Geno Auriemma coaches his 1,000th game at UConn on Feb. 22 at Houston. To commemorate the milestone, the Hartford Courant will occasionally publish a memory or remembrance of the Hall of Fame coach from someone who helped play a role in his journey.
Kris (Lamb) Caruso came to UConn in 1986-87, a part of the first freshman class Geno Auriemma brought to UConn. She was a mainstay during a career spanning the program’s formative days, ending after the 1989-90 season – one year before the program’s first Final Four.
“A day I will never forget is my junior year in high school,” she said. “Coach Auriemma, who had been recruiting me since my freshmen year. He called to tell me he was leaving the University of Virginia to go be head coach at some place called the University of Connecticut. Here was this young, charismatic, confident assistant coach taking his first head coaching job at a place that this southern girl did not know even existed.
“He quickly began telling me of his vision to make UConn a special place where he was going to win championships. At the time, Coach did not have a lot to work with to help him recruit: They played in the field house with a leaking ceiling and all; shared the locker room with volleyball team where there were metal lockers and campus was empty every weekend – they called it a suitcase school. You cannot even compare the campus now to when he first got the job.
“My campus visit, needless to say, was interesting since a lot of the students, including the players went home [for the weekend]. However, it did not matter to me. The way coach spoke about what he was going to do there got me fired up. I wanted to go and play for him that day, and then he and Chris Dailey visited me at my home. His passion and commitment for the game and making me a better basketball player had made a huge impact on me.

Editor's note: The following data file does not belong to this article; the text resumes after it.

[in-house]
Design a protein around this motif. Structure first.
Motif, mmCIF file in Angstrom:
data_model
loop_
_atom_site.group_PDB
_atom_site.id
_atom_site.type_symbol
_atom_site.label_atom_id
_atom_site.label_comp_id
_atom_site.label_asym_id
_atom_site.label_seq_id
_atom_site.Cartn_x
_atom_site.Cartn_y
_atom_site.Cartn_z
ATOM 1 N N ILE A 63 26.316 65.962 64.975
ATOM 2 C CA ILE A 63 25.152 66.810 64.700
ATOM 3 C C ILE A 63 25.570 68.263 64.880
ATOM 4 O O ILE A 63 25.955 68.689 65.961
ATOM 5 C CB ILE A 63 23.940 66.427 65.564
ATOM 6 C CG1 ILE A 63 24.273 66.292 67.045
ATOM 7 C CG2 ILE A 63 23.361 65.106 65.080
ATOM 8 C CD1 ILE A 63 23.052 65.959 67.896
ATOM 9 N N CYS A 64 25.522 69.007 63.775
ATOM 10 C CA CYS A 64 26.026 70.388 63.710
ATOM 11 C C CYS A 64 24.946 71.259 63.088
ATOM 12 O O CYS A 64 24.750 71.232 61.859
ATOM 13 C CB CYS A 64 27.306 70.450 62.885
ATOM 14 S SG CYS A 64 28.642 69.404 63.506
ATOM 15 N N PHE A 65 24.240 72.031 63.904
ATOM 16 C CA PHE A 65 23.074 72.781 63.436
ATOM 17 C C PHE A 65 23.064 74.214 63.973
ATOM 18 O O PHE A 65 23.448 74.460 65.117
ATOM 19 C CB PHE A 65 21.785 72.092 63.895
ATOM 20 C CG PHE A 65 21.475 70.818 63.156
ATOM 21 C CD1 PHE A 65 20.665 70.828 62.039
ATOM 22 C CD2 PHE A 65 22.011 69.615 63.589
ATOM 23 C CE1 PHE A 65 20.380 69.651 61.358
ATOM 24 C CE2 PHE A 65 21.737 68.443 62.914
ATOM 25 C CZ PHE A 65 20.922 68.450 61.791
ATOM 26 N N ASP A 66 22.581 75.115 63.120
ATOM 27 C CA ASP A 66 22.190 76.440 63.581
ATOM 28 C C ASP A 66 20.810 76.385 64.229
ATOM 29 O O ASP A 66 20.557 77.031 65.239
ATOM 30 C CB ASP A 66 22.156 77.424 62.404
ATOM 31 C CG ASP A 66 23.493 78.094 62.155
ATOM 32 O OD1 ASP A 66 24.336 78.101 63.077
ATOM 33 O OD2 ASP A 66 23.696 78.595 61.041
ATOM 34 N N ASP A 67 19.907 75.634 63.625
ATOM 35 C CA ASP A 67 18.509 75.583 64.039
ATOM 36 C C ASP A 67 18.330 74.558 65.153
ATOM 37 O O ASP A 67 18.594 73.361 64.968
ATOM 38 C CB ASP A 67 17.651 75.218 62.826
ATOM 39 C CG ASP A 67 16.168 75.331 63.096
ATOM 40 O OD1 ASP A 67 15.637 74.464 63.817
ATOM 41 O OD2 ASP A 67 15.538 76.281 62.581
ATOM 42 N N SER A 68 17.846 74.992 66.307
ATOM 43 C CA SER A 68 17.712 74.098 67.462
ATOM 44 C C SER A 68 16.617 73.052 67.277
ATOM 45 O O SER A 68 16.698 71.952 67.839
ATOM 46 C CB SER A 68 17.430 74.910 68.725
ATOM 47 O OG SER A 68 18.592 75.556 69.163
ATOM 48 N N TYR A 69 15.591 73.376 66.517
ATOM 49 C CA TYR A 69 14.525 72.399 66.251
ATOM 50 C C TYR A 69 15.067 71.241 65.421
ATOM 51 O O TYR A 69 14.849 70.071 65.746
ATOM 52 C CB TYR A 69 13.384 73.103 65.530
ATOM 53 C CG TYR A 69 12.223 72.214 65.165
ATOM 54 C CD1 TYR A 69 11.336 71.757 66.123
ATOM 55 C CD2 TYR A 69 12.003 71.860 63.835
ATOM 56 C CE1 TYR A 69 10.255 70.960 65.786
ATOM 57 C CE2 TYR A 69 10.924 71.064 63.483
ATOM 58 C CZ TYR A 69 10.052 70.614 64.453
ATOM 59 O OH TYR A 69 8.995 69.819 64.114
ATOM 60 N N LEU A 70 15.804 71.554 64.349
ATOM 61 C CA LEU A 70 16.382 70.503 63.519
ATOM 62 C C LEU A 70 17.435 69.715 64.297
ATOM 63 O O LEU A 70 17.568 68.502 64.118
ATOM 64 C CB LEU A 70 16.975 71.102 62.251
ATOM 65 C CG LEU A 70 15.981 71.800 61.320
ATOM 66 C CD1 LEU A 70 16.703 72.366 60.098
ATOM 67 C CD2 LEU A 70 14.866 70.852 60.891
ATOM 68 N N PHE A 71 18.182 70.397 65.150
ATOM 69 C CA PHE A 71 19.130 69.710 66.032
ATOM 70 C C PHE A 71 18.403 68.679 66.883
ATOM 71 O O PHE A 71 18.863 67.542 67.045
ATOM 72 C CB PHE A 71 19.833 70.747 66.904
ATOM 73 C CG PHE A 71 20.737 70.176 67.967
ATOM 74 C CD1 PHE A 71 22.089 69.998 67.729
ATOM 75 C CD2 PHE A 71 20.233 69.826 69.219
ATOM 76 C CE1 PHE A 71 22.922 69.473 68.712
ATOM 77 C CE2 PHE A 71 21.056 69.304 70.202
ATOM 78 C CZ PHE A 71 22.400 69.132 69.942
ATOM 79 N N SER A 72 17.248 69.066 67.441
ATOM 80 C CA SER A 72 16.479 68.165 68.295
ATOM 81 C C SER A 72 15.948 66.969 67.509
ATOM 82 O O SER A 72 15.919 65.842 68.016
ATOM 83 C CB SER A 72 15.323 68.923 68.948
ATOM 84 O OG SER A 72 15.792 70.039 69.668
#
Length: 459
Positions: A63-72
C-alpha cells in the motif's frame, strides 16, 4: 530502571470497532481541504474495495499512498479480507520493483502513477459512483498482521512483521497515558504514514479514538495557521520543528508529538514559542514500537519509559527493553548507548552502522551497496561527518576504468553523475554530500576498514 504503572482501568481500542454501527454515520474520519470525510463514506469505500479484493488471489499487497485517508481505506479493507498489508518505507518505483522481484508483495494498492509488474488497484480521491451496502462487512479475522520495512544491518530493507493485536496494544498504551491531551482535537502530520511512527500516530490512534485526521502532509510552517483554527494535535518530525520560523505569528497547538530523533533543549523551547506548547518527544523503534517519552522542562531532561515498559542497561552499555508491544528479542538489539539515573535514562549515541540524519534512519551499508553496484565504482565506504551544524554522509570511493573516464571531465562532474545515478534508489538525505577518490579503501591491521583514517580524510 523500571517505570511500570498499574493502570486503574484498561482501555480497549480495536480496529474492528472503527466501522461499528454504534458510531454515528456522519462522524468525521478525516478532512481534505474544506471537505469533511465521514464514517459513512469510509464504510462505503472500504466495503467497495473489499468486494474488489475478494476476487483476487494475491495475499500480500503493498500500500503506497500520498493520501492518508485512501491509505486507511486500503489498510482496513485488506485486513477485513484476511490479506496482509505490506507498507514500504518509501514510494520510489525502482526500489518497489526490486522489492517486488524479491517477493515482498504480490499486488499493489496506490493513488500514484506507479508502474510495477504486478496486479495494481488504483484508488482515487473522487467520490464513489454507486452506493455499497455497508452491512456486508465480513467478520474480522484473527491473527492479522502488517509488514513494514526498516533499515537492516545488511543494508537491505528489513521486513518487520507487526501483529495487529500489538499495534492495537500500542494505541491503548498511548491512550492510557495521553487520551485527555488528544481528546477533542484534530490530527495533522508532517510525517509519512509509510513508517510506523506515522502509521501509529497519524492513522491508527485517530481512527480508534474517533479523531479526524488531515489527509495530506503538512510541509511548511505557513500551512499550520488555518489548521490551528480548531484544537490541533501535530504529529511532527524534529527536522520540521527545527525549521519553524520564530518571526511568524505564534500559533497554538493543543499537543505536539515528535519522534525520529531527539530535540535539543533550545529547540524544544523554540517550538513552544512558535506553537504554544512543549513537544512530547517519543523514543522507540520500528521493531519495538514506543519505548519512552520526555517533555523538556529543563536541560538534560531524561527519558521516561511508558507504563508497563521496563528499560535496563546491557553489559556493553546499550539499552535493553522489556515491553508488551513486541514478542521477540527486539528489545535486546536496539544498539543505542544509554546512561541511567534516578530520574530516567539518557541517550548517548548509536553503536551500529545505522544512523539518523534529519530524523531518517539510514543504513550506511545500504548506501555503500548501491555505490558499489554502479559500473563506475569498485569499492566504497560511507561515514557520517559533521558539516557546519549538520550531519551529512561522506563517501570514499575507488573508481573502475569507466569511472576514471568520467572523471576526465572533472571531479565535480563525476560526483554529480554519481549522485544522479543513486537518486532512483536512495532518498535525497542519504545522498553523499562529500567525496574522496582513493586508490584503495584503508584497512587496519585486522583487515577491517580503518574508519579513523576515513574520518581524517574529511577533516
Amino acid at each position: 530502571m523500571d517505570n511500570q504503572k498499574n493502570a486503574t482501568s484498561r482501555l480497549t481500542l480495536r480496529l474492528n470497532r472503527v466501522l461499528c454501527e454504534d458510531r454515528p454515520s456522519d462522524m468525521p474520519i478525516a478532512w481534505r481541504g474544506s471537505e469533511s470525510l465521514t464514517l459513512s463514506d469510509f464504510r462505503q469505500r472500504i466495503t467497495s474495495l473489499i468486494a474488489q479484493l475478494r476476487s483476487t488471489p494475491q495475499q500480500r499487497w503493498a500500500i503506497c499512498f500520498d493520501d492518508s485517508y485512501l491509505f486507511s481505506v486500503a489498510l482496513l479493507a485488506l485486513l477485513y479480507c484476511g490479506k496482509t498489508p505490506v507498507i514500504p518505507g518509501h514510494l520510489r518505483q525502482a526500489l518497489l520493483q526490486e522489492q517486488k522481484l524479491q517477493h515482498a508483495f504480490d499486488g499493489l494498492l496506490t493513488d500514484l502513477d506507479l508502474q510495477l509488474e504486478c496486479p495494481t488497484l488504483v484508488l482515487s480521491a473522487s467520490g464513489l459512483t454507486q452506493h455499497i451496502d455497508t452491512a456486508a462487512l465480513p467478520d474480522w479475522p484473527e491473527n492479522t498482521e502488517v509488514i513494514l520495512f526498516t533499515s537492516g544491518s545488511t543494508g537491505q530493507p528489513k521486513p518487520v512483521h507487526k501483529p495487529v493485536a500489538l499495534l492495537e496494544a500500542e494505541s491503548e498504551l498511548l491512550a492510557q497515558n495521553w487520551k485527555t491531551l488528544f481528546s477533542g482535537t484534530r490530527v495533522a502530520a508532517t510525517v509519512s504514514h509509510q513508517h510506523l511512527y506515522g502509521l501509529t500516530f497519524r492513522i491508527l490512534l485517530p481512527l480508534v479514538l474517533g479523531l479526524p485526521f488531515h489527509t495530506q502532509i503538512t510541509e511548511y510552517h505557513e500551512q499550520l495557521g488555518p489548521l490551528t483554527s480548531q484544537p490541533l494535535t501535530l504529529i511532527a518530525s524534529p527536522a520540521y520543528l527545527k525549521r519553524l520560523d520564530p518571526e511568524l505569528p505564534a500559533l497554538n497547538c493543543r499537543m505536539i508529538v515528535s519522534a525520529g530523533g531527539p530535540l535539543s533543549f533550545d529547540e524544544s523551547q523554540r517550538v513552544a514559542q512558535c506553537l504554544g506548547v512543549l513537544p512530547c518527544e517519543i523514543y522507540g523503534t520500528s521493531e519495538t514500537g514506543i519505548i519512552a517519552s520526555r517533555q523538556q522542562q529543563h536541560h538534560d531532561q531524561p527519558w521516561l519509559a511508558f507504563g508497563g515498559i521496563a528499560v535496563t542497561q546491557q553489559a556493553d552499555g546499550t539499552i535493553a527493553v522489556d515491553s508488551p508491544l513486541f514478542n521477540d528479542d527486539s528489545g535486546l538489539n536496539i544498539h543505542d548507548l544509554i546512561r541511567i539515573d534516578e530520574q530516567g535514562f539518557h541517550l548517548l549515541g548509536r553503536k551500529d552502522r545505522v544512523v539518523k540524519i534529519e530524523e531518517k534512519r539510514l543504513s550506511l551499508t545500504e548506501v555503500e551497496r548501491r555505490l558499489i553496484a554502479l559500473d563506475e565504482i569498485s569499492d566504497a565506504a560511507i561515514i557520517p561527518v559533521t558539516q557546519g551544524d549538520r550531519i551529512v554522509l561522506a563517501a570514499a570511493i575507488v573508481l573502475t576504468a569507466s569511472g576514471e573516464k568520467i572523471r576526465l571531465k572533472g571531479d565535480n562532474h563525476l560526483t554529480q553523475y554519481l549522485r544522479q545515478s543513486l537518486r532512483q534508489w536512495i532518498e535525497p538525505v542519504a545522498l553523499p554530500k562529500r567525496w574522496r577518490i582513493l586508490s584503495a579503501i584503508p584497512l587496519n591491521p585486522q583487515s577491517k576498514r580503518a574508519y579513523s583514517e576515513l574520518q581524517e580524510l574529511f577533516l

“I decided that day to follow him hundreds of miles away from my home, family and everything, to this place called UConn to be his first four-year basketball recruit. I wanted to help him build a program to what he envisioned to be a championship program one day.
“A lot has changed for the women’s basketball program at UConn since thenm but Coach is the same man that I followed from my home in Virginia in 1986. He has remained steadfast in his desire to make his players the best player/person you can be and his passion for the game and perfection remain the same. He has set a wonderful example with his work ethic and in doing things the right way.
“Don’t get me wrong, he is demanding; each practice must be as close to perfection you can get, his intensity level and competitiveness are unsurpassed. But what you take away as a player is how much he cares about you both on and off the court. He cares about you as a person and takes over where your parents left off to help develop you into a young adult with the work ethic, toughness and passion that you need to survive in the real world when basketball may no longer a part of your life.
“Even though Coach Auriemma’s style, plays, resources, players, his suits and shoes have changed, the intangibles he possessed that day in 1985 when he walked into my home to tell me that he wanted me to be a part of something very special are all still there today. He kept his word and going to Connecticut to play basketball for Geno Auriemma was one of the best decisions of my life.”